Get a friend, cut your time and effort drastically.
 

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Fatman, I hear ya!

I'd also recommend not taking the MM-soaked burlap and tossing it up on top of the outstretched arm, at least not if you haven't glued the PVC pieces together. Why, your whole assembly might just come apart...not that that happened to me, of course.

I've been thinking of putting together a list of "Don'ts" that people might want to think about if they're considering building a Reaper of their own. Such as...

...Don't put support beam to the side of the Reaper, put it in front since it tends to lean that way (just like the tutorial's photos show!);
...Don't forget to put TWO screws in bracket that hold up the outstretched arm;
...Don't get burlap sack material; spend the extra $1 to get the tighter weave fabric.

Yeah, that sort of stuff. Oh yes, this project was a lot of fun!

Rich
 

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These are amazing!! We have spent all day building two of them and they are turning out fantasticlly!!

One question though, how do you go about attaching the burlap to the chicken wire so that it stays once you coat it in the MM? We can't figure out how to attach it and are stuck!
 

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Itsjustme,

I had a head-scratching time figuring that out myself. There were several pieces that weren't a problem because they draped over the top of the frame. The cowl, for example, stretched from the lamp-holding arm, across the head, and then off the opposite shoulder.

But the piece that hung in front gave me the dickens of a time. What I ended up doing was taking one corner, twisting it into a long-ish strand and pulled it through the chicken wire to tie a knot, sort of. Since it was hidden behind another piece of fabric you couldn't see it. I did the same on another hanging piece.

One other issue I had was having two pieces not quite meet so there was a slight gap between the two exposing the wire frame. I had considered hanging another piece of burlap, but I wasn't too keep on the idea (because I'm cheap, for one, but also because I thought it would make the Reaper look too heavily clothed.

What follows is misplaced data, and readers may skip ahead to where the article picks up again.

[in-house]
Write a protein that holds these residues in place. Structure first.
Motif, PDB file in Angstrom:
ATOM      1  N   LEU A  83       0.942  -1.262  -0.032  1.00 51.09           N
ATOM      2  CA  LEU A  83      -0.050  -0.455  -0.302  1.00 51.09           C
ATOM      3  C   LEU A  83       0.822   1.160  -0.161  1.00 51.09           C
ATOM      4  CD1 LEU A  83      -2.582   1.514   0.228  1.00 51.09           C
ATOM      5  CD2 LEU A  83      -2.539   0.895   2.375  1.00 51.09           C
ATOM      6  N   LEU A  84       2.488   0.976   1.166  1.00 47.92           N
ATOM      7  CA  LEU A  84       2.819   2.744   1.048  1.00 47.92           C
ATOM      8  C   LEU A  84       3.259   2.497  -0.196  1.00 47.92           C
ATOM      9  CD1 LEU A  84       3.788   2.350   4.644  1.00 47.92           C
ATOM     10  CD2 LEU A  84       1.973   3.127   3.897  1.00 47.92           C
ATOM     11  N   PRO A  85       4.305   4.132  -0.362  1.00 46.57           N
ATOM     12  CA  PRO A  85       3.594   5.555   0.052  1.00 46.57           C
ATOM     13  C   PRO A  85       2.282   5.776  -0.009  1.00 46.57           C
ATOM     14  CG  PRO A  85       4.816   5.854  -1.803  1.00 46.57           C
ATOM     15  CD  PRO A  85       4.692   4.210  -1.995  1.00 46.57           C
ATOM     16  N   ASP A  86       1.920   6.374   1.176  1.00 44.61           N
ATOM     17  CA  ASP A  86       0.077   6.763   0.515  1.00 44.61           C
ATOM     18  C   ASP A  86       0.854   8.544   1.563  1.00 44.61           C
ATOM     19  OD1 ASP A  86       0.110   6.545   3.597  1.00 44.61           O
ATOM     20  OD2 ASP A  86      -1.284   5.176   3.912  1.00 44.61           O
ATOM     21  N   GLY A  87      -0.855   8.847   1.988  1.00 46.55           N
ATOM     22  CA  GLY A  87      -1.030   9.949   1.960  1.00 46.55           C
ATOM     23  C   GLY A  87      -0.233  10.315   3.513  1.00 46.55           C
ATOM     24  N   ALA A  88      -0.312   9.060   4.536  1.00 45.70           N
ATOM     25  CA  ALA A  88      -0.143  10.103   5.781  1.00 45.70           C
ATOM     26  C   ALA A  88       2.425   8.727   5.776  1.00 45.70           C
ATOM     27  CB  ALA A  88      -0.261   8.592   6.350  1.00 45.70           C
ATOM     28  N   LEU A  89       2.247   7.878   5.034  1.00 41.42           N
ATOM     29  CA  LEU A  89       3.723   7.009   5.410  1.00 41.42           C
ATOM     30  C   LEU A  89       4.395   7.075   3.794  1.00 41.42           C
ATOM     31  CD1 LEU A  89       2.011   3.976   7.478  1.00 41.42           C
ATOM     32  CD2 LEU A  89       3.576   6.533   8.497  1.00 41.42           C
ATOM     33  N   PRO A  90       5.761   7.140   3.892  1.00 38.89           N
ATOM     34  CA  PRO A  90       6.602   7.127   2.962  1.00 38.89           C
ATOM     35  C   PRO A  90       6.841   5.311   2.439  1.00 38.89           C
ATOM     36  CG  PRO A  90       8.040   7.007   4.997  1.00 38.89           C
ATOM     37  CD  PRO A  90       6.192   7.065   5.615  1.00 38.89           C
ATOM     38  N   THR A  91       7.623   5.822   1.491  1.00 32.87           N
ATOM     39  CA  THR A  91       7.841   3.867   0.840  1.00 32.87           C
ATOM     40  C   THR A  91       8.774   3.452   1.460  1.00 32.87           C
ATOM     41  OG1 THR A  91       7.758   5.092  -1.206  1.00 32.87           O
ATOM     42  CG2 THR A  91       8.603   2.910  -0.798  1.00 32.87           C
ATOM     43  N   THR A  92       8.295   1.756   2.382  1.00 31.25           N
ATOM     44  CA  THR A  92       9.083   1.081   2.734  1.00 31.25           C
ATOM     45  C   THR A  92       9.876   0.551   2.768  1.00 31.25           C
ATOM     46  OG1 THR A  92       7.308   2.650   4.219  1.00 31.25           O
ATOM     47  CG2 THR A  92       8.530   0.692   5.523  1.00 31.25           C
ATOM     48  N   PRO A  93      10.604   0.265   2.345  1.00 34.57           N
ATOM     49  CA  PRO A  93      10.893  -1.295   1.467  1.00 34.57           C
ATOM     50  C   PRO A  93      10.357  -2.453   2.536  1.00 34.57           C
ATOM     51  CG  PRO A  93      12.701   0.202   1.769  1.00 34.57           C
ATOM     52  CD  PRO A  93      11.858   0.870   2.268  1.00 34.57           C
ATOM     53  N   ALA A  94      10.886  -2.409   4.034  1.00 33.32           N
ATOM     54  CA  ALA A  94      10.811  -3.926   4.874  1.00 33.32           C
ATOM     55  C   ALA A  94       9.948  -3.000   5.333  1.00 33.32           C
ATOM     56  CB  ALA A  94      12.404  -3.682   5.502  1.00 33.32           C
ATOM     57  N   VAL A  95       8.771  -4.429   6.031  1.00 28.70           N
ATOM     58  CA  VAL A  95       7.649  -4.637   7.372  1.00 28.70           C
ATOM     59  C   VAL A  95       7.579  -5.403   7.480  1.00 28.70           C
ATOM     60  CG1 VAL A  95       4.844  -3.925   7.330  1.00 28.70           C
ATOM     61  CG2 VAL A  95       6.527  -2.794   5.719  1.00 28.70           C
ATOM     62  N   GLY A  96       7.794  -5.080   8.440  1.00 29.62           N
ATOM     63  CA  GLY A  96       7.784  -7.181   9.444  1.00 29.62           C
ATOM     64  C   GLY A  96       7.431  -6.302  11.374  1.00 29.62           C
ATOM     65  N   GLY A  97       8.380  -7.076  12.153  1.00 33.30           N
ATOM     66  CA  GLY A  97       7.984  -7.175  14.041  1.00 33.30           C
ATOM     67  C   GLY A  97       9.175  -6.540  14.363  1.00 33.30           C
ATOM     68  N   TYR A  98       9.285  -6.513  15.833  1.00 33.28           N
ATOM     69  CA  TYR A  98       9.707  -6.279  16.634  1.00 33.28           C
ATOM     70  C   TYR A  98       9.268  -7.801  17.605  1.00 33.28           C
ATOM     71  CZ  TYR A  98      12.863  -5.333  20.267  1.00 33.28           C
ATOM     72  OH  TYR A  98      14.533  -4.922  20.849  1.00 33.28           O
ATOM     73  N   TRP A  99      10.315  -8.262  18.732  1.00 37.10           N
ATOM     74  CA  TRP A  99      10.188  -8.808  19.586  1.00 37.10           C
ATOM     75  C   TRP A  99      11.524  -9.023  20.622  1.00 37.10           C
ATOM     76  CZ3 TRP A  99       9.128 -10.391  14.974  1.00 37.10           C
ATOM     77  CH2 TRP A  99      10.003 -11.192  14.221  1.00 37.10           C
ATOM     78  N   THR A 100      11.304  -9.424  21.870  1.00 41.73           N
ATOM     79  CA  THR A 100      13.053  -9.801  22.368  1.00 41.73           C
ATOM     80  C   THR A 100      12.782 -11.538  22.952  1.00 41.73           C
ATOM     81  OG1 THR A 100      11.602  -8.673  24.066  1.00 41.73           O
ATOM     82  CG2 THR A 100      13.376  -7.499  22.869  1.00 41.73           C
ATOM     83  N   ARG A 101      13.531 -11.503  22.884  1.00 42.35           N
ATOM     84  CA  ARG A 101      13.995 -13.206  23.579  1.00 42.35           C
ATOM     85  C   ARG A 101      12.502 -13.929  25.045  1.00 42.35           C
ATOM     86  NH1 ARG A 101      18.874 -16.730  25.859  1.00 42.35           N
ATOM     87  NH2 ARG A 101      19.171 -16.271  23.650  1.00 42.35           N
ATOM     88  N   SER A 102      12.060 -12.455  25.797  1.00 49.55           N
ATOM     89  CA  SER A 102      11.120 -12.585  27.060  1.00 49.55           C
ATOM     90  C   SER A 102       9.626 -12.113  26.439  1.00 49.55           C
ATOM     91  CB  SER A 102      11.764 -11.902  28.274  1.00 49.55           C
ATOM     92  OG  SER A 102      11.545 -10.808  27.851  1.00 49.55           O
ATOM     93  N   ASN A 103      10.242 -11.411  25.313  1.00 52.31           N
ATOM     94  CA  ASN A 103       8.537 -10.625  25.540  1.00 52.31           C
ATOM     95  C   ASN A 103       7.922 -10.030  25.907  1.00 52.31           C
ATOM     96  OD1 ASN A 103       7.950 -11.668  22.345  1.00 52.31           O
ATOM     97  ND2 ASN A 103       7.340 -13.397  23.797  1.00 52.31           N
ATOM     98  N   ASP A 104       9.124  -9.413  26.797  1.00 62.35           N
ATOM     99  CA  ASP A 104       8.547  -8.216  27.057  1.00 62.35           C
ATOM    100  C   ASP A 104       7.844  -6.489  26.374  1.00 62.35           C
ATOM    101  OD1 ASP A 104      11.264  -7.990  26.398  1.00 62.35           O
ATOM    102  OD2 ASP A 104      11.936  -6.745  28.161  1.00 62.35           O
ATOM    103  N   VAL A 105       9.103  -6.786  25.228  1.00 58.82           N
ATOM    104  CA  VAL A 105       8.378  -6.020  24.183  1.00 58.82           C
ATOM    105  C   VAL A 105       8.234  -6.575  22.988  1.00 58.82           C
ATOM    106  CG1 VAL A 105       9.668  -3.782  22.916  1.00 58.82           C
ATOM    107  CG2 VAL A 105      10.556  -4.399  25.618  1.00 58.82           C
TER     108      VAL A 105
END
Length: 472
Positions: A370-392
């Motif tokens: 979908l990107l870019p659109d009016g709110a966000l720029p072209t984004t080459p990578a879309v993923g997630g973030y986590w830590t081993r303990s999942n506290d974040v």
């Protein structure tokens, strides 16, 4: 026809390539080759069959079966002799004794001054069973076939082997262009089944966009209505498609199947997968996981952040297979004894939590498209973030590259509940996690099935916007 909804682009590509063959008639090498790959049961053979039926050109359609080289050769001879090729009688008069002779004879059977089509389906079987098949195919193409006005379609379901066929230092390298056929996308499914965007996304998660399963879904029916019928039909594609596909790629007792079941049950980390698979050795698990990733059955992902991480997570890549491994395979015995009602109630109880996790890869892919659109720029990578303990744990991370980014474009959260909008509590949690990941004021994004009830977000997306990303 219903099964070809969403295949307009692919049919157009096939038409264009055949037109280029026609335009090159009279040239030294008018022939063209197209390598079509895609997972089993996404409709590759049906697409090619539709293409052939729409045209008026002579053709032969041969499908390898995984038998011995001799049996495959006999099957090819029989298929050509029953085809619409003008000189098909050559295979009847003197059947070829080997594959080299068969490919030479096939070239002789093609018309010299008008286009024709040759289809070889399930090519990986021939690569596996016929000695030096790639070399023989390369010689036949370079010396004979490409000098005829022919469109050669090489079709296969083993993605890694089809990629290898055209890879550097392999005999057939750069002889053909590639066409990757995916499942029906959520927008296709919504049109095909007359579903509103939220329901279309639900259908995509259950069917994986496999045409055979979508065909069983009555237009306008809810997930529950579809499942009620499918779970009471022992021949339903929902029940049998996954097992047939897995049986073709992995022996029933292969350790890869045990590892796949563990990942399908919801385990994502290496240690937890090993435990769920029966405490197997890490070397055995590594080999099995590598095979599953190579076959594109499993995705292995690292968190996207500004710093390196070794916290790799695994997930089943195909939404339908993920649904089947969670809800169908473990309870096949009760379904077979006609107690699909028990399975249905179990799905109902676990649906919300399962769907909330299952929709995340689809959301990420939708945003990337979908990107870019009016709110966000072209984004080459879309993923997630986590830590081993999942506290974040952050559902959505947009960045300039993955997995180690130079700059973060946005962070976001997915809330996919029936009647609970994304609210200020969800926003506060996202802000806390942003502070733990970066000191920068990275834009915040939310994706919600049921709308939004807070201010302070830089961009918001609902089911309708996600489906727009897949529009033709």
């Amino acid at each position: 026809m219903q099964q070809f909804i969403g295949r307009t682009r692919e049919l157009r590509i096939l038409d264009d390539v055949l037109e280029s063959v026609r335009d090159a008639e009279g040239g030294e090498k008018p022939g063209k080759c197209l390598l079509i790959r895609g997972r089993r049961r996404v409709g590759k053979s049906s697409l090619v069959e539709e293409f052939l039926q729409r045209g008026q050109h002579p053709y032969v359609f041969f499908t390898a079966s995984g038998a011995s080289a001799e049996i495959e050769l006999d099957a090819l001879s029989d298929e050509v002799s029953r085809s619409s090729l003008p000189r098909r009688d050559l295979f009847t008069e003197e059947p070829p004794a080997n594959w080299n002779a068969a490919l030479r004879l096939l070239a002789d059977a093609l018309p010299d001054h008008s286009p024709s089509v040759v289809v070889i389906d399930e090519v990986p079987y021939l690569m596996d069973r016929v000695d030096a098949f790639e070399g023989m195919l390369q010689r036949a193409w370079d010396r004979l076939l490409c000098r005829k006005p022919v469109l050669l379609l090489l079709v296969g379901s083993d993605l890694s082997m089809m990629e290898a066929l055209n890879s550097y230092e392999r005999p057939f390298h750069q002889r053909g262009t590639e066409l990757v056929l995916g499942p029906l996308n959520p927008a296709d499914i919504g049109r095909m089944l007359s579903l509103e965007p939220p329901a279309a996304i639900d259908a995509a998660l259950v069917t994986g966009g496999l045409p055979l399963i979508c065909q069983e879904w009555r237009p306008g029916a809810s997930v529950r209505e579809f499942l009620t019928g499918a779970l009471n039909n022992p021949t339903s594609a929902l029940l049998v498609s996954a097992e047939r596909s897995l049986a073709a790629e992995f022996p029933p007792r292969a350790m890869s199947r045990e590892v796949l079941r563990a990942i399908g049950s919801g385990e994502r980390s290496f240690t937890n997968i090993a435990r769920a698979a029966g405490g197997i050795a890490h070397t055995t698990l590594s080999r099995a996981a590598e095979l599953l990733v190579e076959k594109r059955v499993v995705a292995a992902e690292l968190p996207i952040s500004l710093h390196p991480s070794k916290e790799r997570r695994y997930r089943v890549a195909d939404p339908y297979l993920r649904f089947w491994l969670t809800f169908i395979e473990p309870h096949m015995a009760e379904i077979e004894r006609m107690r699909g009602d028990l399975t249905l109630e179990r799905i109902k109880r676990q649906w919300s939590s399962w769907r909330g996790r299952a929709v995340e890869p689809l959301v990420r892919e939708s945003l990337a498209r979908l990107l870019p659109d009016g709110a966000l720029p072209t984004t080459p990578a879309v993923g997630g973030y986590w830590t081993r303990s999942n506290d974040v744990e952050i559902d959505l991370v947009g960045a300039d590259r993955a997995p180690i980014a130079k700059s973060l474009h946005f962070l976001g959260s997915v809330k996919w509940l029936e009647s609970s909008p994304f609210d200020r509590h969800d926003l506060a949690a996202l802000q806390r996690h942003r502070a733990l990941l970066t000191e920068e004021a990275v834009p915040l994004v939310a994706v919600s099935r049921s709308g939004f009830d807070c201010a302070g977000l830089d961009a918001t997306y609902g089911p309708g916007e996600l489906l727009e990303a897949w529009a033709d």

My solution was to cut a short length of wire that had wrapped my chicken wire bundle and pushed it through both pieces and then through the wire frame beneath. I then brought it back out and tied it off. After cutting off the extra, I bent it down into the fold that was created and hid it. A small application of MM, plus all the paint and coatings afterwards, completely hid the joint.

Hope that helps.

Rich
 

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I made mine out of burlap bags I cut open to lay flat.
I stapled the pieces together, and when I had the front and the back ready
I stapled them together at the top and left room for the head to poke out.

Then I put it all in the mud, and when it was on the way I wanted I used the stapler
to staple the sides up.

Works great, but keep a bucket of water handy to clean the stapler, otherwise it will clog with drywall compound.
 

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We made this Grim Reaper today. We first tried dipping the burlap fabric in the MM bucket. That did not work very well, we were exhausted.

Finally, we got the bright idea to lay a piece of plywood across two sawhorses, we put the fabric on the board and stretched it out, kind of like we were ironing. We started at the end and coated it with our hands, this worked very well. As we finished a section we rolled the fabric which helped coat it even more and kept the already painted part out of our way. We were able to coat the entire thing in about 30 min or so. There were two of us.

I purchased the Wal-Mart Burlap for 2.45 a yard and got 4 yards. We did our reaper 7ft tall and it fit perfectly when we folded it in half, put the center over the neck area, it was long enough to reach the bottom in front and back. We wired the sides together then made a shawl out of landscapers burlap that we had left over from something else. Once coated with the MM we coudln't tell the difference at all.

Thanks for this tutorial, it will help make our haunted hayride a big success.